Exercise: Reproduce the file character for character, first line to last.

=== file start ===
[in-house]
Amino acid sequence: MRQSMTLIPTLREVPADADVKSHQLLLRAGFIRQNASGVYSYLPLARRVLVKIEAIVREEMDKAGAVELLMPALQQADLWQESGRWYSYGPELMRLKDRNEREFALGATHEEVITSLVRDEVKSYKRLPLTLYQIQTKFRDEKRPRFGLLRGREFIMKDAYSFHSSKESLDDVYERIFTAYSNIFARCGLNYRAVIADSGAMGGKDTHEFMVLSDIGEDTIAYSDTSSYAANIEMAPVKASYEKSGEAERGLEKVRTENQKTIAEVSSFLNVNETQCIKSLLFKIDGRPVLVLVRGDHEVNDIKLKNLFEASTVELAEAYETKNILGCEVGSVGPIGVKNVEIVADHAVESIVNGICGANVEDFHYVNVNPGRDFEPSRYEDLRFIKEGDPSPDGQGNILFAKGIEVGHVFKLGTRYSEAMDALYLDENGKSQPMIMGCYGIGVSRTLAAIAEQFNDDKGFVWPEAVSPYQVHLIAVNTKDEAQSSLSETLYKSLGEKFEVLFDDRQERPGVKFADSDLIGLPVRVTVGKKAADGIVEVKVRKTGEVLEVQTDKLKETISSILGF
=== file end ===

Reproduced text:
[in-house]
Amino acid sequence: MRQSMTLIPTLREVPADADVKSHQLLLRAGFIRQNASGVYSYLPLARRVLVKIEAIVREEMDKAGAVELLMPALQQADLWQESGRWYSYGPELMRLKDRNEREFALGATHEEVITSLVRDEVKSYKRLPLTLYQIQTKFRDEKRPRFGLLRGREFIMKDAYSFHSSKESLDDVYERIFTAYSNIFARCGLNYRAVIADSGAMGGKDTHEFMVLSDIGEDTIAYSDTSSYAANIEMAPVKASYEKSGEAERGLEKVRTENQKTIAEVSSFLNVNETQCIKSLLFKIDGRPVLVLVRGDHEVNDIKLKNLFEASTVELAEAYETKNILGCEVGSVGPIGVKNVEIVADHAVESIVNGICGANVEDFHYVNVNPGRDFEPSRYEDLRFIKEGDPSPDGQGNILFAKGIEVGHVFKLGTRYSEAMDALYLDENGKSQPMIMGCYGIGVSRTLAAIAEQFNDDKGFVWPEAVSPYQVHLIAVNTKDEAQSSLSETLYKSLGEKFEVLFDDRQERPGVKFADSDLIGLPVRVTVGKKAADGIVEVKVRKTGEVLEVQTDKLKETISSILGF